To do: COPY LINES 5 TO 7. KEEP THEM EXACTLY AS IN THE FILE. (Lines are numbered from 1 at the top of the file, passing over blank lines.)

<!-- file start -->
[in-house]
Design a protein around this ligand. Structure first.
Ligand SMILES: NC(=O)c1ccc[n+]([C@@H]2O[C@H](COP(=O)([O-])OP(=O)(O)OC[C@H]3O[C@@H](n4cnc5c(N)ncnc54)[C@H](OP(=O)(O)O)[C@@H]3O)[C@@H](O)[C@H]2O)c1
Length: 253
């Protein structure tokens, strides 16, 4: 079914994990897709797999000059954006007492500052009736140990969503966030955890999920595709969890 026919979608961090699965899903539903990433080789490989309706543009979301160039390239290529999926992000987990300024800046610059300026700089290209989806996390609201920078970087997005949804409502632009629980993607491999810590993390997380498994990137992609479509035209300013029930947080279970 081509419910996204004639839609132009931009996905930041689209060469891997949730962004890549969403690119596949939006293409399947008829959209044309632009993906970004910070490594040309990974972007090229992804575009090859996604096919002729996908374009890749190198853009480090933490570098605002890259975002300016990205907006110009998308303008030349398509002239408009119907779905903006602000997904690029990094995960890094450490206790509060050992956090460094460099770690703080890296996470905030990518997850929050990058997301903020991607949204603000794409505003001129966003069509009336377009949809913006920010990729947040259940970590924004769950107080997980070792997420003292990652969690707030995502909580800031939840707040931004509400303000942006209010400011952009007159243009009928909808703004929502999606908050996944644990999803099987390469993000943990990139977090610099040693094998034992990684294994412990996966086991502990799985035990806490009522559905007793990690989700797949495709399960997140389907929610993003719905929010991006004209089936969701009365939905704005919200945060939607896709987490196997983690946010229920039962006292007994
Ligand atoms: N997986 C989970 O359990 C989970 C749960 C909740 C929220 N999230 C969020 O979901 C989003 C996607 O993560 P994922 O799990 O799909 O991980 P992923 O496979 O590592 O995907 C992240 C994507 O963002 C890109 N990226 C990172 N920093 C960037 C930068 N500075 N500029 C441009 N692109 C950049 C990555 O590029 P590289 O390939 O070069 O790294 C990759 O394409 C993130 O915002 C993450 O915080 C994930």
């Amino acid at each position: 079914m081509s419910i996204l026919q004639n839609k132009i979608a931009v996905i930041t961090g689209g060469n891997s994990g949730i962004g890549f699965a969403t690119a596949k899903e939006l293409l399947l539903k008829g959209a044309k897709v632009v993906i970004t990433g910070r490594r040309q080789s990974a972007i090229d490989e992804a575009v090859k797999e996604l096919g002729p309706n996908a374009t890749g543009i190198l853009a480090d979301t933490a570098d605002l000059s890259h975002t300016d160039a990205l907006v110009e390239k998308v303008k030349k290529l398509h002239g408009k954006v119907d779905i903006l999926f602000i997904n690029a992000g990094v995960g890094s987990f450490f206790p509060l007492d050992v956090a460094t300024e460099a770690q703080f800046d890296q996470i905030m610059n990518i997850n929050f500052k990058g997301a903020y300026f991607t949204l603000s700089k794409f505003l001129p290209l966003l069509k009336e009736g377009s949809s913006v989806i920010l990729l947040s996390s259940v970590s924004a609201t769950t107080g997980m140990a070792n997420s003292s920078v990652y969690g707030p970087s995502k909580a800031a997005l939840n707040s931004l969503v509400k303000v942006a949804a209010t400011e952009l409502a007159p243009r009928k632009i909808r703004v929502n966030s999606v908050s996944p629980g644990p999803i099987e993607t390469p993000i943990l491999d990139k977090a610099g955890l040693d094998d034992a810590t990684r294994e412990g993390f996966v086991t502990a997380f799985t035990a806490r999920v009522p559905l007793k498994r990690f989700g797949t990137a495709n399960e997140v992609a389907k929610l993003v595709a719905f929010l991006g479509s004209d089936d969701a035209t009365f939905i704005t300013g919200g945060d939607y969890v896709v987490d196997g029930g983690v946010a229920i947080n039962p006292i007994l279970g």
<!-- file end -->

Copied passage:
């Protein structure tokens, strides 16, 4: 079914994990897709797999000059954006007492500052009736140990969503966030955890999920595709969890 026919979608961090699965899903539903990433080789490989309706543009979301160039390239290529999926992000987990300024800046610059300026700089290209989806996390609201920078970087997005949804409502632009629980993607491999810590993390997380498994990137992609479509035209300013029930947080279970 081509419910996204004639839609132009931009996905930041689209060469891997949730962004890549969403690119596949939006293409399947008829959209044309632009993906970004910070490594040309990974972007090229992804575009090859996604096919002729996908374009890749190198853009480090933490570098605002890259975002300016990205907006110009998308303008030349398509002239408009119907779905903006602000997904690029990094995960890094450490206790509060050992956090460094460099770690703080890296996470905030990518997850929050990058997301903020991607949204603000794409505003001129966003069509009336377009949809913006920010990729947040259940970590924004769950107080997980070792997420003292990652969690707030995502909580800031939840707040931004509400303000942006209010400011952009007159243009009928909808703004929502999606908050996944644990999803099987390469993000943990990139977090610099040693094998034992990684294994412990996966086991502990799985035990806490009522559905007793990690989700797949495709399960997140389907929610993003719905929010991006004209089936969701009365939905704005919200945060939607896709987490196997983690946010229920039962006292007994
Ligand atoms: N997986 C989970 O359990 C989970 C749960 C909740 C929220 N999230 C969020 O979901 C989003 C996607 O993560 P994922 O799990 O799909 O991980 P992923 O496979 O590592 O995907 C992240 C994507 O963002 C890109 N990226 C990172 N920093 C960037 C930068 N500075 N500029 C441009 N692109 C950049 C990555 O590029 P590289 O390939 O070069 O790294 C990759 O394409 C993130 O915002 C993450 O915080 C994930």
């Amino acid at each position: 079914m081509s419910i996204l026919q004639n839609k132009i979608a931009v996905i930041t961090g689209g060469n891997s994990g949730i962004g890549f699965a969403t690119a596949k899903e939006l293409l399947l539903k008829g959209a044309k897709v632009v993906i970004t990433g910070r490594r040309q080789s990974a972007i090229d490989e992804a575009v090859k797999e996604l096919g002729p309706n996908a374009t890749g543009i190198l853009a480090d979301t933490a570098d605002l000059s890259h975002t300016d160039a990205l907006v110009e390239k998308v303008k030349k290529l398509h002239g408009k954006v119907d779905i903006l999926f602000i997904n690029a992000g990094v995960g890094s987990f450490f206790p509060l007492d050992v956090a460094t300024e460099a770690q703080f800046d890296q996470i905030m610059n990518i997850n929050f500052k990058g997301a903020y300026f991607t949204l603000s700089k794409f505003l001129p290209l966003l069509k009336e009736g377009s949809s913006v989806i920010l990729l947040s996390s259940v970590s924004a609201t769950t107080g997980m140990a070792n997420s003292s920078v990652y969690g707030p970087s995502k909580a800031a997005l939840n707040s931004l969503v509400k303000v942006a949804a209010t400011e952009l409502a007159p243009r009928k632009i909808r703004v929502n966030s999606v908050s996944p629980g644990p999803i099987e993607t390469p993000i943990l491999d990139k977090a610099g955890l040693d094998d034992a810590t990684r294994e412990g993390f996966v086991t502990a997380f799985t035990a806490r999920v009522p559905l007793k498994r990690f989700g797949t990137a495709n399960e997140v992609a389907k929610l993003v595709a719905f929010l991006g479509s004209d089936d969701a035209t009365f939905i704005t300013g919200g945060d939607y969890v896709v987490d196997g029930g983690v946010a229920i947080n039962p006292i007994l279970g």